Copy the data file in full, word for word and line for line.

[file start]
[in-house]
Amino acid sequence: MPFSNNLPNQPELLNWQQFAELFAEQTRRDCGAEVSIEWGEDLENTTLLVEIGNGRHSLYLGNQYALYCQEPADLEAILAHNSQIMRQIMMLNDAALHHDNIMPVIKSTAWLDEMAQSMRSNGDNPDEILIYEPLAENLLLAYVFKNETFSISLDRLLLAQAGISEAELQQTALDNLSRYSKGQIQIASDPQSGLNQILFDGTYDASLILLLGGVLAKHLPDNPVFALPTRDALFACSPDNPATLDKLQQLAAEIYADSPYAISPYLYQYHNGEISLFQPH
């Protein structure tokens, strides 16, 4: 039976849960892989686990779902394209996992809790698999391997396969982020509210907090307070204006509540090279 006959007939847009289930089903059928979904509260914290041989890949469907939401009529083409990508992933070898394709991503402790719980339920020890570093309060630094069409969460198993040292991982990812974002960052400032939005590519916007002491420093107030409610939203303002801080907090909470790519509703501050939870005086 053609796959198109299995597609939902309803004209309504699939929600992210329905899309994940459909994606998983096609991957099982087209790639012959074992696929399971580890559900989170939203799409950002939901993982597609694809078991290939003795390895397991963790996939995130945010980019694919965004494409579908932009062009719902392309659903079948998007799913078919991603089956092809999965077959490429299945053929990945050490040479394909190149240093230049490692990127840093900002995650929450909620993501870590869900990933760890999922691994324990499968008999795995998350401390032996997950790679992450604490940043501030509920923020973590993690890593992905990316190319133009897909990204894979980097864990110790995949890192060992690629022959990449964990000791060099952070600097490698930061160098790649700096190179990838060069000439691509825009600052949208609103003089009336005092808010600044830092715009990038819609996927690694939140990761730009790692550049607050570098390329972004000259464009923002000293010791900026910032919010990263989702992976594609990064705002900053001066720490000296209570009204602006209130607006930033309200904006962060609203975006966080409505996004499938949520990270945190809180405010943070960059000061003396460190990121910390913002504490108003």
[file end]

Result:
[in-house]
Amino acid sequence: MPFSNNLPNQPELLNWQQFAELFAEQTRRDCGAEVSIEWGEDLENTTLLVEIGNGRHSLYLGNQYALYCQEPADLEAILAHNSQIMRQIMMLNDAALHHDNIMPVIKSTAWLDEMAQSMRSNGDNPDEILIYEPLAENLLLAYVFKNETFSISLDRLLLAQAGISEAELQQTALDNLSRYSKGQIQIASDPQSGLNQILFDGTYDASLILLLGGVLAKHLPDNPVFALPTRDALFACSPDNPATLDKLQQLAAEIYADSPYAISPYLYQYHNGEISLFQPH
């Protein structure tokens, strides 16, 4: 039976849960892989686990779902394209996992809790698999391997396969982020509210907090307070204006509540090279 006959007939847009289930089903059928979904509260914290041989890949469907939401009529083409990508992933070898394709991503402790719980339920020890570093309060630094069409969460198993040292991982990812974002960052400032939005590519916007002491420093107030409610939203303002801080907090909470790519509703501050939870005086 053609796959198109299995597609939902309803004209309504699939929600992210329905899309994940459909994606998983096609991957099982087209790639012959074992696929399971580890559900989170939203799409950002939901993982597609694809078991290939003795390895397991963790996939995130945010980019694919965004494409579908932009062009719902392309659903079948998007799913078919991603089956092809999965077959490429299945053929990945050490040479394909190149240093230049490692990127840093900002995650929450909620993501870590869900990933760890999922691994324990499968008999795995998350401390032996997950790679992450604490940043501030509920923020973590993690890593992905990316190319133009897909990204894979980097864990110790995949890192060992690629022959990449964990000791060099952070600097490698930061160098790649700096190179990838060069000439691509825009600052949208609103003089009336005092808010600044830092715009990038819609996927690694939140990761730009790692550049607050570098390329972004000259464009923002000293010791900026910032919010990263989702992976594609990064705002900053001066720490000296209570009204602006209130607006930033309200904006962060609203975006966080409505996004499938949520990270945190809180405010943070960059000061003396460190990121910390913002504490108003």